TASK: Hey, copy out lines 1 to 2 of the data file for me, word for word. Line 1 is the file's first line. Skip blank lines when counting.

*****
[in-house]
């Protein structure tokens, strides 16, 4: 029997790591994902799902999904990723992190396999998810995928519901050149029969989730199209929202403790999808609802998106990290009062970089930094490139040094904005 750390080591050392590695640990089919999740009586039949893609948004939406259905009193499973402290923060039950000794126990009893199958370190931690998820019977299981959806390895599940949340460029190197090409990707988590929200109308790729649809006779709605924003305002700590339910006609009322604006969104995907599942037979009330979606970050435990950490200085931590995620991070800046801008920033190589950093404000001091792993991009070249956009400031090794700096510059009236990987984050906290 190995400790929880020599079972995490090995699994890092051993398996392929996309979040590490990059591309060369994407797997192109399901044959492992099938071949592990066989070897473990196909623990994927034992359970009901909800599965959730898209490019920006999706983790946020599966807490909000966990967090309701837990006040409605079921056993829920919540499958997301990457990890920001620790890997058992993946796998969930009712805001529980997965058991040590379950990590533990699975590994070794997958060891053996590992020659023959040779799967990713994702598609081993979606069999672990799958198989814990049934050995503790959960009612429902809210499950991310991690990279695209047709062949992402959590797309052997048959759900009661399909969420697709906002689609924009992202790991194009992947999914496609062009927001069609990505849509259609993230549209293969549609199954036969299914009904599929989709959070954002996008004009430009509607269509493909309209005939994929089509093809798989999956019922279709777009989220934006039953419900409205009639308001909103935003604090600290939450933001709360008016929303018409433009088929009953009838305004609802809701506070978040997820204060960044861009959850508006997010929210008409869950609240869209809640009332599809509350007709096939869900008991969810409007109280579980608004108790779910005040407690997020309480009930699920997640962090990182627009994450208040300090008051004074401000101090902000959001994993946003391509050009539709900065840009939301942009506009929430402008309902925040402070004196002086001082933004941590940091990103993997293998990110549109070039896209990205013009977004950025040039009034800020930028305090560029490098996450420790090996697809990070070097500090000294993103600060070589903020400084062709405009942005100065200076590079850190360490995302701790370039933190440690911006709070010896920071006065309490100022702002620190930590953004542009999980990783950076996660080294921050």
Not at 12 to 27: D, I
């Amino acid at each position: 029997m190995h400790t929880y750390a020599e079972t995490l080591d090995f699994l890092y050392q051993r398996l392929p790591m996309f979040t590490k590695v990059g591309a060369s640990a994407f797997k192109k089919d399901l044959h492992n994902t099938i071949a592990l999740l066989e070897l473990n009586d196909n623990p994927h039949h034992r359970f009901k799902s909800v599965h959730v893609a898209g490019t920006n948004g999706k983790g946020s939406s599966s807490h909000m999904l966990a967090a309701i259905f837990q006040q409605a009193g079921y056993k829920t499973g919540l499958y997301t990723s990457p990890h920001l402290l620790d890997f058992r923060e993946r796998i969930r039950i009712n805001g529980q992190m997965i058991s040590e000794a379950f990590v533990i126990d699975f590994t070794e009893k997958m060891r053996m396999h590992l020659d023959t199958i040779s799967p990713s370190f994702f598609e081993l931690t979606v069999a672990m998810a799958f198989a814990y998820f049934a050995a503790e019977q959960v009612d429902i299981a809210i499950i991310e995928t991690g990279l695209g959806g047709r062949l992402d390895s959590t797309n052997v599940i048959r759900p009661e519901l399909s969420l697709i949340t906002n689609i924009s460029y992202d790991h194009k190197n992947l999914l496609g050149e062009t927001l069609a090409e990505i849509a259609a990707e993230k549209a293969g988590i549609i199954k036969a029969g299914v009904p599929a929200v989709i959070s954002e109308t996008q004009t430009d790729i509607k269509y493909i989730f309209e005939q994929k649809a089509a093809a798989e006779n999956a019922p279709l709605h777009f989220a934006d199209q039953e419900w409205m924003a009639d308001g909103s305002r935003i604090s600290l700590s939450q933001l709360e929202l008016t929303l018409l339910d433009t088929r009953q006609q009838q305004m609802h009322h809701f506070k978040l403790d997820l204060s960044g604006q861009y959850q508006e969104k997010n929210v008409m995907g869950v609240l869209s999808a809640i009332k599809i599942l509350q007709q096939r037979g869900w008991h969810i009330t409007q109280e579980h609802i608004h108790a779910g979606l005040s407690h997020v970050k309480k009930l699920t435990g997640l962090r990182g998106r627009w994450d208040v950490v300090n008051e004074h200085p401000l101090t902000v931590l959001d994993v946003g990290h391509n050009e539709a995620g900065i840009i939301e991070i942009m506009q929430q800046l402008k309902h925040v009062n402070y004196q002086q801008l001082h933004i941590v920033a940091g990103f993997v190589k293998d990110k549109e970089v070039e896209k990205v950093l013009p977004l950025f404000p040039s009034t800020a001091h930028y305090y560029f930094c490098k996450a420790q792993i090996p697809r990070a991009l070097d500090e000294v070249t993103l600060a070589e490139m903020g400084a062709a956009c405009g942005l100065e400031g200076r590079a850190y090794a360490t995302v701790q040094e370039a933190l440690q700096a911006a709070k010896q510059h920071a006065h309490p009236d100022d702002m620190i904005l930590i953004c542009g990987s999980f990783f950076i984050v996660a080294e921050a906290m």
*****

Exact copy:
[in-house]
């Protein structure tokens, strides 16, 4: 029997790591994902799902999904990723992190396999998810995928519901050149029969989730199209929202403790999808609802998106990290009062970089930094490139040094904005 750390080591050392590695640990089919999740009586039949893609948004939406259905009193499973402290923060039950000794126990009893199958370190931690998820019977299981959806390895599940949340460029190197090409990707988590929200109308790729649809006779709605924003305002700590339910006609009322604006969104995907599942037979009330979606970050435990950490200085931590995620991070800046801008920033190589950093404000001091792993991009070249956009400031090794700096510059009236990987984050906290 190995400790929880020599079972995490090995699994890092051993398996392929996309979040590490990059591309060369994407797997192109399901044959492992099938071949592990066989070897473990196909623990994927034992359970009901909800599965959730898209490019920006999706983790946020599966807490909000966990967090309701837990006040409605079921056993829920919540499958997301990457990890920001620790890997058992993946796998969930009712805001529980997965058991040590379950990590533990699975590994070794997958060891053996590992020659023959040779799967990713994702598609081993979606069999672990799958198989814990049934050995503790959960009612429902809210499950991310991690990279695209047709062949992402959590797309052997048959759900009661399909969420697709906002689609924009992202790991194009992947999914496609062009927001069609990505849509259609993230549209293969549609199954036969299914009904599929989709959070954002996008004009430009509607269509493909309209005939994929089509093809798989999956019922279709777009989220934006039953419900409205009639308001909103935003604090600290939450933001709360008016929303018409433009088929009953009838305004609802809701506070978040997820204060960044861009959850508006997010929210008409869950609240869209809640009332599809509350007709096939869900008991969810409007109280579980608004108790779910005040407690997020309480009930699920997640962090990182627009994450208040300090008051004074401000101090902000959001994993946003391509050009539709900065840009939301942009506009929430402008309902925040402070004196002086001082933004941590940091990103993997293998990110549109070039896209990205013009977004950025040039009034800020930028305090560029490098996450420790090996697809990070070097500090000294993103600060070589903020400084062709405009942005100065200076590079850190360490995302701790370039933190440690911006709070010896920071006065309490100022702002620190930590953004542009999980990783950076996660080294921050």